April 6, 2015

An Emergency and a Tax Cut?

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CAPITOL WATCH State Capitol Photo 1

M. Scott Carter

M. Scott Carter

M. Scott Carter reports on politics, legislation and other issues from the State Capitol.

 

 

Facing a budget hole of $611.3 million, Oklahoma lawmakers are considering taking money from the Constitutional Reserve Fund, or as it’s commonly called, the “Rainy Day Fund.” Currently, the Rainy Day Fund has a balance of $535.2 million.

The Legislature could take close to 61 percent, or about $326 million. Roughly $191 million would automatically be available. Another $133.8 million, which is 25 percent of the fund, would be available if the Legislature and Gov. Mary Fallin declared an emergency.

An emergency is being considered despite the fact that the State Equalization Board certified enough revenue growth in December to allow the next wave of income tax cuts to go into effect.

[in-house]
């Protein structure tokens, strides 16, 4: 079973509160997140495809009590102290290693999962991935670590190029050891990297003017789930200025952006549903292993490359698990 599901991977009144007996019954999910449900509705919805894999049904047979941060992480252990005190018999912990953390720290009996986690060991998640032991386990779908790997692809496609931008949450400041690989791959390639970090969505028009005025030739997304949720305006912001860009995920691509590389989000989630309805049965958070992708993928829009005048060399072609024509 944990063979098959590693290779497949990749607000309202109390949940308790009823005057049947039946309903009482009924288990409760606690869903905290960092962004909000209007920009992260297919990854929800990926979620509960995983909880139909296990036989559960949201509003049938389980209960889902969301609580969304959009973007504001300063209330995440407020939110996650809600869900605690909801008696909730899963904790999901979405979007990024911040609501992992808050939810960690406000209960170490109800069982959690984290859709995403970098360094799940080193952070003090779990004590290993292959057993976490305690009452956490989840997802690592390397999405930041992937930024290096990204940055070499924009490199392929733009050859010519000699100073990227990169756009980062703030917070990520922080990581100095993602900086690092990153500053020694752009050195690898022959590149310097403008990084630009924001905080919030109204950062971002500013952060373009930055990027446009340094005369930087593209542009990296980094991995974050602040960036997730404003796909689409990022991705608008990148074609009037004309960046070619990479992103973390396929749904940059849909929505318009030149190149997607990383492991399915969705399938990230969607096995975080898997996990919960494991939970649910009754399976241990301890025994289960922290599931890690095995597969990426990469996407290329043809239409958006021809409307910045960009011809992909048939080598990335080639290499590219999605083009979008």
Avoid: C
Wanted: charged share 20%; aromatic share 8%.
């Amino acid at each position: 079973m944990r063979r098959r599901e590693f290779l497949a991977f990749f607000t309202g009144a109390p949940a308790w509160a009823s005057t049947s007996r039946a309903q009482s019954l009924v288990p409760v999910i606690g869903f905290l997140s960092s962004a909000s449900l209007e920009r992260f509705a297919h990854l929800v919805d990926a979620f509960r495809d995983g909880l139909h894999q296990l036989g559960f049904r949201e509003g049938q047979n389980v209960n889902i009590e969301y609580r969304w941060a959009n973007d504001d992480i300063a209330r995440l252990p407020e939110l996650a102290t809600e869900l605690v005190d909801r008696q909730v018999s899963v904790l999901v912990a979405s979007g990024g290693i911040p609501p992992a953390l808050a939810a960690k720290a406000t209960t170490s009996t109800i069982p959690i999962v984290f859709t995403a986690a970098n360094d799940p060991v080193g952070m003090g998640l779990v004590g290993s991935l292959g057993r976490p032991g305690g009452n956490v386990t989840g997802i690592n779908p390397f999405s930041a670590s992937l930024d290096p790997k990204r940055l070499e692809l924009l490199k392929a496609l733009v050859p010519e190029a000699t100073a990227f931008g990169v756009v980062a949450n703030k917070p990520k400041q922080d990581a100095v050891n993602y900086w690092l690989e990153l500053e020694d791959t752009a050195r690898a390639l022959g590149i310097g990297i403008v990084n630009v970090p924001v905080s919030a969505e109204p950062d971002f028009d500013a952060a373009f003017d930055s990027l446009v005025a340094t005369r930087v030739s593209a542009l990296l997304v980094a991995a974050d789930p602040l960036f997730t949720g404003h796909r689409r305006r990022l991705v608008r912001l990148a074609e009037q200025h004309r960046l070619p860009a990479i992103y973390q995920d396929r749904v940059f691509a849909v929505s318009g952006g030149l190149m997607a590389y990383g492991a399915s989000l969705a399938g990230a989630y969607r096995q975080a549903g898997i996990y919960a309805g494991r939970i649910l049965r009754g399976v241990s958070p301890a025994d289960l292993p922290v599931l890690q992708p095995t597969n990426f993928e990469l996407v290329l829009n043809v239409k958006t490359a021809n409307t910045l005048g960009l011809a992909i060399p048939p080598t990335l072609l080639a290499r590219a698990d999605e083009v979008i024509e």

House Budget Chairman, Rep. Earl Sears

House Budget Chairman Earl Sears

House Budget Chairman Rep. Earl Sears, R-Bartlesville, said he didn’t expect an emergency to be declared.

“That possibility exists,” Sears said. “However, I don’t believe we will take that much money from the Rainy Day Fund. I expect we’ll take less than that because we want to leave the bulk (of the fund) in tact for the future.”

Oklahoma’s revenue picture continues to remain murky. According to State Treasurer Ken Miller, gross revenue collections for the past twelve months ending in March 2015 were $12.08 billion, which was 4.3 percent higher than collections for the previous 12-month period. Yet revenue from the oil and gas industry is trending down. Total March collections were almost $28 million less than in March of last year, Miller said, and were “pushed downward primarily by a 48 percent drop in oil and natural gas gross production receipts.”

Lawmakers have until May 29 to finalize a budget.

Note: This story was updated at 3:49 p.m. on April 6.